MR: I had a blast writing Elisabeth’s interactions with the grimoires. Fortunately, since their contents are so fantasy based — she reads a few excerpts from a book about the history of sorcery, and another about demons — I didn’t have to do research. My main consideration was giving each grimoire a unique personality, as well as figuring out what magical qualities they should have. For example, the first grimoire is friendly and opens itself to sections it thinks she might be interested in, while the second, the Codex Daemonicus, turns out to be indecipherable. Its sentences crawl across the pages, rearranging themselves into different paragraphs faster than she can read them.
BTW: Demons also play a role in this book. Why did you decide to incorporate this element? What went into creating Nathaniel’s demon, Silas?
MR: I figured out fairly early on that I wanted to base the magic system on classic demonology. It’s a fun system to work with because many fantasy readers are already familiar with the premise: a magician summons a demon, makes a bargain with it in exchange for power, the demon then becomes their servant, etc. Using an existing magic system felt more accessible to me, and demonology specifically gave sorcery the sinister air that I wanted.
Silas was initially inspired by a side character in An Enchantment of Ravens named Gadfly, who I enjoyed writing so much that I wanted to write a similar character in my next book as part of the main cast. I love writing non-human characters, because they can end up being involved in such complicated and interesting relationships with the human characters. Silas is driven by an insatiable hunger for human life, but also genuinely cares about Nathaniel despite being destined to kill him, which made for an intense emotional conflict.
BTW: While the Kingdom of Austermeer is fictional, Elisabeth encounters real issues regarding women’s security and autonomy, such as how she isn’t taken seriously by medical professionals and the anxiety she feels encountering men on the streets. How much of the current political conversation inspired events in this story?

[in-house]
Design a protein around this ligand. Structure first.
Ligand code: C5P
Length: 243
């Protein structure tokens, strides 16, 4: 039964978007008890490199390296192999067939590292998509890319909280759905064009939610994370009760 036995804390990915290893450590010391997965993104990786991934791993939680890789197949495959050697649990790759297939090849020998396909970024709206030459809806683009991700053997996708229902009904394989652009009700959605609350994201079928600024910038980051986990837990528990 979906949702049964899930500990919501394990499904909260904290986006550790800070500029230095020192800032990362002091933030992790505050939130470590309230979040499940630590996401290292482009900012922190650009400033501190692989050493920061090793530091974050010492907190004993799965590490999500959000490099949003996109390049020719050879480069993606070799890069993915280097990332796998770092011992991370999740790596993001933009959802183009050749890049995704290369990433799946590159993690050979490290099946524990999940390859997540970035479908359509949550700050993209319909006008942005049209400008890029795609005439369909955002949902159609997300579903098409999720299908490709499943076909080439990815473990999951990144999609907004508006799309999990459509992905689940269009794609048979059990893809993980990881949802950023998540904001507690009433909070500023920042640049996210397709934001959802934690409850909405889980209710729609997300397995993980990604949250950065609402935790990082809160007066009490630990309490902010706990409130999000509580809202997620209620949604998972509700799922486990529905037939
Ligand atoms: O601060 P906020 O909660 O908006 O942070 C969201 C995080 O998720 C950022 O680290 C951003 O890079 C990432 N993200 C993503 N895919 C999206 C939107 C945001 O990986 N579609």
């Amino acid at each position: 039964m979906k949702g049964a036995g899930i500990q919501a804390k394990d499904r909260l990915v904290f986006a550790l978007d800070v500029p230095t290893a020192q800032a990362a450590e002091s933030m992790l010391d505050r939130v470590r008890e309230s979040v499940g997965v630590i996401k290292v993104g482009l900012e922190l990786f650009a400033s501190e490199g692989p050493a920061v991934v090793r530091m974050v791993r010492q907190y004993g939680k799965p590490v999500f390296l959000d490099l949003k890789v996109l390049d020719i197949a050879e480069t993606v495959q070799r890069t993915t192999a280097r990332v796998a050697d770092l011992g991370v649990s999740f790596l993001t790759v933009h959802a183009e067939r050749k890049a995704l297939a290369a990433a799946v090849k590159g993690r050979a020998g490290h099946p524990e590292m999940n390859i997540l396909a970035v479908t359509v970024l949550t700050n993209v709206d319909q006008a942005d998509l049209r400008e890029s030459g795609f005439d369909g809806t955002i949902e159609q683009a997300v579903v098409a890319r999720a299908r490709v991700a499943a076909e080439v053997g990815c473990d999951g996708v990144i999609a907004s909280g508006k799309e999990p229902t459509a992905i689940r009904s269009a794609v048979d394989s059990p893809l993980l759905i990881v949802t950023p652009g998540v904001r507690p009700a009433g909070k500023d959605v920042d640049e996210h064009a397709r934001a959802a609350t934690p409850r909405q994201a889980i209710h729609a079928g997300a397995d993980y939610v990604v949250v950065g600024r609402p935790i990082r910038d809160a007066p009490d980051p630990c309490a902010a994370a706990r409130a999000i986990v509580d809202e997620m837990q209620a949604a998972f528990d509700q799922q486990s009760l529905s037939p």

MR: Without going into too many spoilers, there’s certainly a reason why the book’s villain is a powerful male politician. The struggles that Elisabeth faces are more or less true to 19th-century history, when men who wanted to get rid of difficult women could have them institutionalized for any number of trivial reasons. Women were admitted to asylums for “reading too many novels” (believed to inflame the female brain) or even for exhibiting “political excitement.” It’s terrifying to think about, and worse to consider that men in positions of power are still using similarly manipulative tactics to dismiss and control women today.
BTW: Another issue that’s at the center of this book is what we should do with dangerous knowledge. The wardens of the Great Libraries choose to lock away and protect certain grimoires, instead of destroying them altogether. Can you speak more to this aspect of the book?
MR: Many of the high classification grimoires contain spells that have the potential to cause terrible harm. Conversely, those same spells could save lives. The grimoires themselves are very dangerous, perhaps even evil beings, but they didn’t choose to be that way. They were created by humans, and therefore had no part in determining their own nature. Can they be blamed for wanting to hurt people? Do their own lives have value? Can they be good as well as evil, just like the knowledge they contain?
These are underlying questions in Sorcery of Thorns, some of which don’t have easy answers. Elisabeth’s journey involves learning that good and evil coexist in all things, even the things she loves. I hope readers walk away with the message that it’s more important to have an open mind and keep asking questions than it is to know all the answers.
BTW: Can you tell readers what you’re working on next?
MR: My current project is still under wraps, but I can share that I thought of the idea for it after a visit to a psychic, who told me that he kept seeing ghosts in my cards and suggested I write a book about ghosts.